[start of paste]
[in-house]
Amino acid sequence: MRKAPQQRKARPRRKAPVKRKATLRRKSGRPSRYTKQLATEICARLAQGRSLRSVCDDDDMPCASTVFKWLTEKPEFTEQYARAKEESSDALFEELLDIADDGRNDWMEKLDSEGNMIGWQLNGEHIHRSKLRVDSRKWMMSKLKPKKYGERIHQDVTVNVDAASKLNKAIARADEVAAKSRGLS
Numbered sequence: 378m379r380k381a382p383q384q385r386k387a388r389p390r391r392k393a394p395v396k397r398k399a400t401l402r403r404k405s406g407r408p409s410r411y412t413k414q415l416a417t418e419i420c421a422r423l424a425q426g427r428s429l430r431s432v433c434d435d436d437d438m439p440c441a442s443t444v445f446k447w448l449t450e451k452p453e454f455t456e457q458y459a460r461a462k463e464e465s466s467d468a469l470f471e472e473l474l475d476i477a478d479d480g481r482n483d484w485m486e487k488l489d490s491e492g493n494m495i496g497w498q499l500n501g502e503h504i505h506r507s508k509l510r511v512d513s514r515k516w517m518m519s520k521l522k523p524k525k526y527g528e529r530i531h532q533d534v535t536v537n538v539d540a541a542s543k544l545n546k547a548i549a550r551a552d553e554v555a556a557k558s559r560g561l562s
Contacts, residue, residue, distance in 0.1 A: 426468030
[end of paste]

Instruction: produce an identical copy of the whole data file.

[in-house]
Amino acid sequence: MRKAPQQRKARPRRKAPVKRKATLRRKSGRPSRYTKQLATEICARLAQGRSLRSVCDDDDMPCASTVFKWLTEKPEFTEQYARAKEESSDALFEELLDIADDGRNDWMEKLDSEGNMIGWQLNGEHIHRSKLRVDSRKWMMSKLKPKKYGERIHQDVTVNVDAASKLNKAIARADEVAAKSRGLS
Numbered sequence: 378m379r380k381a382p383q384q385r386k387a388r389p390r391r392k393a394p395v396k397r398k399a400t401l402r403r404k405s406g407r408p409s410r411y412t413k414q415l416a417t418e419i420c421a422r423l424a425q426g427r428s429l430r431s432v433c434d435d436d437d438m439p440c441a442s443t444v445f446k447w448l449t450e451k452p453e454f455t456e457q458y459a460r461a462k463e464e465s466s467d468a469l470f471e472e473l474l475d476i477a478d479d480g481r482n483d484w485m486e487k488l489d490s491e492g493n494m495i496g497w498q499l500n501g502e503h504i505h506r507s508k509l510r511v512d513s514r515k516w517m518m519s520k521l522k523p524k525k526y527g528e529r530i531h532q533d534v535t536v537n538v539d540a541a542s543k544l545n546k547a548i549a550r551a552d553e554v555a556a557k558s559r560g561l562s
Contacts, residue, residue, distance in 0.1 A: 426468030